Briefs and Links
Monday 15 April 2002
Writer, editor, and critic Damon Knight died shortly after midnight, on April 15, at Sacred Heart Hospital in Eugene, Oregon. He had been hospitalized since Friday, and had been ill for some time with a number of ailments.
Born in 1922, Knight was a prolific short story writer through the 1950s and '60s -- titles including "Not with a Bang" (1950), "To Serve Man" (1950, famous for its Twilight Zone TV adaptation), "Stranger Station" (1956), and "Masks" (1968), with "I See You" (1976) notable among his less frequent later stories -- but his impact on the field was initially as book reviewer and critic, with reviews that insisted that logical coherency and literary standards applied to SF; one infamous review excoriated the work of A.E. van Vogt. His reviews were collected into In Search of Wonder, for which he won a Hugo Award as best Book Reviewer in 1956. He was an occasional novelist, with titles ranging from A for Anything (1961) to Humpty Dumpty: An Oval (1996).
Perhaps Knight's greatest impact on science fiction was as editor, especially for the Orbit series of original anthologies, which ran from Orbit 1 in 1966 through Orbit 21 in 1980, and helped launch the careers of several major writers, including Gene Wolfe, R.A. Lafferty, Kate Wilhelm, and Gardner Dozois.
Knight was active in various fan and professional organizations throughout his life. In the early '40s he was a member of The Futurians, the New York fan group that included Donald Wollheim, Frederik Pohl, and James Blish (Knight told the club's history in The Futurians, 1977). With Blish and Judith Merril he co-founded the Milford Science Fiction Writers' Conference in 1956, which ran for over 20 years, and inspired the more famous Clarion Writers' Workshop. He wrote a popular handbook on writing, Creating Short Fiction (1981, revised 1997). And in 1965 he founded the Science Fiction Writers of America (SFWA), and served as its first president.
Knight won a Pilgrim Award from the Science Fiction Research Association in 1975, and a Grand Master Award from the Science Fiction Writers of America in 1995.
He is survived by his third wife, writer Kate Wilhelm.
The SFWA website has posted appreciations by Patrick Nielsen Hayden and Steve Miller.
Locus Magazine will publish a complete obituary in its May issue.
Update 19 April: Published obituaries of Knight include:
Also, Patrick Nielsen Hayden appeared on National Public Ratio on April 18; the audio file is here:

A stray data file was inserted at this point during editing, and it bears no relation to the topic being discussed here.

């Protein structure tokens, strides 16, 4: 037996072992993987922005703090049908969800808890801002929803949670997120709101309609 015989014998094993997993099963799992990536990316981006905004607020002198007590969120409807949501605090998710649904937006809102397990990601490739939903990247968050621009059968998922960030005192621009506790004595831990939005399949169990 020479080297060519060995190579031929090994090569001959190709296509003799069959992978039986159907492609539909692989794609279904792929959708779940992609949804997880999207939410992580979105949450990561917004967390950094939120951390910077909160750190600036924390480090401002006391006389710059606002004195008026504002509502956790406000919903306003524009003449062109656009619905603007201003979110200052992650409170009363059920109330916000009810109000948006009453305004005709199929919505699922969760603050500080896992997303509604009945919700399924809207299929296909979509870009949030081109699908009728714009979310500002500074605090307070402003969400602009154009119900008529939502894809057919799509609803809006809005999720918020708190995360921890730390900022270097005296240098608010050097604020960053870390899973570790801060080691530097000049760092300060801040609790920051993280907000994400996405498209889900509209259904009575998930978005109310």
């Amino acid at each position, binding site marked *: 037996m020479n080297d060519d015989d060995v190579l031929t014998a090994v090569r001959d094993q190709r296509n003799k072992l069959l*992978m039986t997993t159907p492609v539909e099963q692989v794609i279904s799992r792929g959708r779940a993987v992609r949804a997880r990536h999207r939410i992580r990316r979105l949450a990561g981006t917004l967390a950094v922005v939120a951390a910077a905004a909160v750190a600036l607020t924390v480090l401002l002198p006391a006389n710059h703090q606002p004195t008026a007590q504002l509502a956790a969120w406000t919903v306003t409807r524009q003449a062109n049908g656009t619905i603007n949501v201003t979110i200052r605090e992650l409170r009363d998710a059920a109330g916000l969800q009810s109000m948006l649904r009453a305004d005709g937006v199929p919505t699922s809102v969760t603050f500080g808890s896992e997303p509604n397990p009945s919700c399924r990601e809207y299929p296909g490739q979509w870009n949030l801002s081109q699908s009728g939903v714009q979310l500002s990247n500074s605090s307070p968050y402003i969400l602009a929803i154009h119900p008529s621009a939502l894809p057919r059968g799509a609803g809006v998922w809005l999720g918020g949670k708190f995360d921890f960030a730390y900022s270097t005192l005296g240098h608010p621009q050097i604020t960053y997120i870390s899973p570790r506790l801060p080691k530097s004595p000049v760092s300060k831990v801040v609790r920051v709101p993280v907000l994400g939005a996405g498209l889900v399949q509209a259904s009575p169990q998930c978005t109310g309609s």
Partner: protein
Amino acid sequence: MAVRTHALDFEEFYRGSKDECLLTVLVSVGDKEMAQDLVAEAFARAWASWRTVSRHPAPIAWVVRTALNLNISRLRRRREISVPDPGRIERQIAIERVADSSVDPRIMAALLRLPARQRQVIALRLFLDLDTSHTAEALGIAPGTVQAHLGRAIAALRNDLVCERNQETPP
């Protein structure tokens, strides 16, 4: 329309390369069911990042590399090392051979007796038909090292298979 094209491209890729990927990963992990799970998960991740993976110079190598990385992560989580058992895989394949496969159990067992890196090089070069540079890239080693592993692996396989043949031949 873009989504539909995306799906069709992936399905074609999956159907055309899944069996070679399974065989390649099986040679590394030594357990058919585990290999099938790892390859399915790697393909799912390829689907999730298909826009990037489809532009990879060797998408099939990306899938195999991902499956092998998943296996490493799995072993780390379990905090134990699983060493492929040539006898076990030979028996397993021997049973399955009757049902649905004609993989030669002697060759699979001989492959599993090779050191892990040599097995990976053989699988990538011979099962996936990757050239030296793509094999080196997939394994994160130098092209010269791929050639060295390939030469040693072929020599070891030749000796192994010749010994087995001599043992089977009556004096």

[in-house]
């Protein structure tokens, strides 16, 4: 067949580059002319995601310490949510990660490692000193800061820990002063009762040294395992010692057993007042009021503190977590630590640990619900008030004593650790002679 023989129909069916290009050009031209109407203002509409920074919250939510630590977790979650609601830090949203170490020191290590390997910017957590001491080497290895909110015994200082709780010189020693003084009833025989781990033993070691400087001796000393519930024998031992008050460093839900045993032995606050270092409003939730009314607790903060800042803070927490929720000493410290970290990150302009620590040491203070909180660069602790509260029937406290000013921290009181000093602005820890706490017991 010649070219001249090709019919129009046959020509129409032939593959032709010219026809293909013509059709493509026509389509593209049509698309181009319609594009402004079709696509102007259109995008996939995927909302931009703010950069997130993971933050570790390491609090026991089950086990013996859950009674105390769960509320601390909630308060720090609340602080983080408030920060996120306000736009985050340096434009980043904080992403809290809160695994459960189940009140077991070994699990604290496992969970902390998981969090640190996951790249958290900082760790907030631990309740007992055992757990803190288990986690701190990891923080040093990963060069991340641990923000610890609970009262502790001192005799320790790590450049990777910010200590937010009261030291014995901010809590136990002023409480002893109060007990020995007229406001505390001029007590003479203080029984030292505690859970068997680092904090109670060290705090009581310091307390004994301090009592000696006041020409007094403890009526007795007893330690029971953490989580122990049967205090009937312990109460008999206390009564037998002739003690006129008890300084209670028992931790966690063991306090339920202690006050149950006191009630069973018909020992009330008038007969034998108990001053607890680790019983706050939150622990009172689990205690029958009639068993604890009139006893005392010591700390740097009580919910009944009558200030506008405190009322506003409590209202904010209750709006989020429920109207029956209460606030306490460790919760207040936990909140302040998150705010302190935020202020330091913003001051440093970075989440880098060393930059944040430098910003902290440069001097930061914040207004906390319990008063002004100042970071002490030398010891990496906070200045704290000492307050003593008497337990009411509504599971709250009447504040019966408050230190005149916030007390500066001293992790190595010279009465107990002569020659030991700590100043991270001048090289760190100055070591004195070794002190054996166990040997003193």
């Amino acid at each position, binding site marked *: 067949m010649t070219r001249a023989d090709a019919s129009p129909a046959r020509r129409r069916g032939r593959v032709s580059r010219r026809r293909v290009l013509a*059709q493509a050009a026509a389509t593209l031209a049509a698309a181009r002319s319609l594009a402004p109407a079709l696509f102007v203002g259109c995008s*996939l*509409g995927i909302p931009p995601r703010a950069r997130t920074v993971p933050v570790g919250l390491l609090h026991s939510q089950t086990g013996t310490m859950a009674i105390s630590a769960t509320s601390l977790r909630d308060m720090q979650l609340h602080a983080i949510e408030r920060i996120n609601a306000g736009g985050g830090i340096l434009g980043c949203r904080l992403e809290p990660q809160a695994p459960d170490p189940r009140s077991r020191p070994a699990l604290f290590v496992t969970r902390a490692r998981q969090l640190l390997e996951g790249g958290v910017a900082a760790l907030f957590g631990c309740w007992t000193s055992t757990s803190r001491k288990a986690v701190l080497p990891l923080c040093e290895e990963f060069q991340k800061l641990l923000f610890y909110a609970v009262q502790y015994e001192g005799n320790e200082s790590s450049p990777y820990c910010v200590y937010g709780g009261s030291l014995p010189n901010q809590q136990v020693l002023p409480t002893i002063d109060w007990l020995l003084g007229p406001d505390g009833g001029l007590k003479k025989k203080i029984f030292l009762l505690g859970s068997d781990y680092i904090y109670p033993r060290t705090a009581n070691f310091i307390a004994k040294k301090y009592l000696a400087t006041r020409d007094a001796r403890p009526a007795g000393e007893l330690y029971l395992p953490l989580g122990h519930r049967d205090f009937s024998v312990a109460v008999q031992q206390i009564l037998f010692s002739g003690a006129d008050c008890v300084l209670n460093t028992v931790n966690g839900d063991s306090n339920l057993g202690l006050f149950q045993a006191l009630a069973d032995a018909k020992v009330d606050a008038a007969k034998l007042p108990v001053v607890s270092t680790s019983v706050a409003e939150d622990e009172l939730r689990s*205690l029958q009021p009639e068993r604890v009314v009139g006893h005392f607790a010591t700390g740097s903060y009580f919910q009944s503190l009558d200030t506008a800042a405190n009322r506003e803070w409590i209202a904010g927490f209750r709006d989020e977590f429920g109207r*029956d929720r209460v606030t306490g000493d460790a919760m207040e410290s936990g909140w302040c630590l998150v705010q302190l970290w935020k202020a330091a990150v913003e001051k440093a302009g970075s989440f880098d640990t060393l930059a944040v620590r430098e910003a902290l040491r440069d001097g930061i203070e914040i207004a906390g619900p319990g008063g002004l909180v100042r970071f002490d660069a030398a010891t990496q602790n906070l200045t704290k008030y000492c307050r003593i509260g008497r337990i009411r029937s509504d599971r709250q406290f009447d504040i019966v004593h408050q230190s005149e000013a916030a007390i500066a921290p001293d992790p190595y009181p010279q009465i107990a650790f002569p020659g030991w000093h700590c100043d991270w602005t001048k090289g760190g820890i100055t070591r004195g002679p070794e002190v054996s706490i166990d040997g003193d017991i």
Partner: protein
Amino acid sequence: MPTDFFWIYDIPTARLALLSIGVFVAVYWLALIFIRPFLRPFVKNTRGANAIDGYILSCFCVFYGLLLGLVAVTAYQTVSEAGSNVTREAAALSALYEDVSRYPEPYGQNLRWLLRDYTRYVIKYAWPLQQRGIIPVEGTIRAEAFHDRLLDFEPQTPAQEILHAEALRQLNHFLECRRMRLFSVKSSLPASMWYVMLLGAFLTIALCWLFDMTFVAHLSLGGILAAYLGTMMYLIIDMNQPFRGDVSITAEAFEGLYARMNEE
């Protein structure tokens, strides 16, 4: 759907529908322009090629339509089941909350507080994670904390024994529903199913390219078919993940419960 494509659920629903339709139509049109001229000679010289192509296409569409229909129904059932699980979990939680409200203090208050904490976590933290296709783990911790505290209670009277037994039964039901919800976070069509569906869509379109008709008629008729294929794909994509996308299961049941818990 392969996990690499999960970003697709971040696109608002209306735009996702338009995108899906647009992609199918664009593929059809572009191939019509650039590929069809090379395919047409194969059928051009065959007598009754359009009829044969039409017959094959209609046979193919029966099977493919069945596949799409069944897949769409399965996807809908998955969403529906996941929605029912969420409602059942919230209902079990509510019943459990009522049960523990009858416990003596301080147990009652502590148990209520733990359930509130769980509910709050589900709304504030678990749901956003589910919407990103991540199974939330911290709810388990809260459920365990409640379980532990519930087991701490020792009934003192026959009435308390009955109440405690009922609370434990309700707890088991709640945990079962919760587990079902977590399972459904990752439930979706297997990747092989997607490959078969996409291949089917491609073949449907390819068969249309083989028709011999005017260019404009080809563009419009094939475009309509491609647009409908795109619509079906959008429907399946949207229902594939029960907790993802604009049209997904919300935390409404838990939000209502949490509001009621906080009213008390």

The SFWA website has been updated with appreciations by Jane Yolen, Michael Burstein, Leslie What, and others.
Update 2 May: This Eugene, Oregon Register-Guard editorial recalls Knight's letters to the editor, and quotes two of them about evolution and censorship.
Saturday 13 April 2002
Deborah Fredericks reports that Jon Gustafson, earlier reported hospitalized, died today, April 13, at about 12:30 p.m.
§ [Updated 17 April]
Writer Henry Slesar died on April 2 in New York City from complications due to minor elective surgery. Slesar, born 1927, was a novelist and short story writer for six decades. He published several dozen stories since the mid-1950s, including several in collaboration with Harlan Ellison; most recently, "The Dinner Party" was published in The Magazine of Fantasy and Science Fiction, January 2001. A full obituary will be published in the May issue of Locus Magazine.
Friday 12 April 2002
The James Tiptree, Jr. Award website has posted the winner of this year's award: The Kappa Child, a novel by Hiromi Goto (Red Deer Press). In addition, the 2001 jury announced the following shortlist:
The award will be presented at a ceremony at Readercon 14, July 12-14, in Burlington MA.
- The Fresco, by Sheri S. Tepper, Harper Collins/Eos
- The Song of the Earth, by Hugh Nissenson, Algonquin Books
- Half Known Lives, by Joan Givner, New Star Books
- Dark Light, by Ken MacLeod, Tor Books
Friday 5 April 2002
John R. Pierce, best known as a scientist and electrical engineer, died April 2, 2002, at the age of 92. He wrote SF and nonfiction articles, under his own name and as John Roberts and J.J. Coupling, from the 1930s through the early 1970s.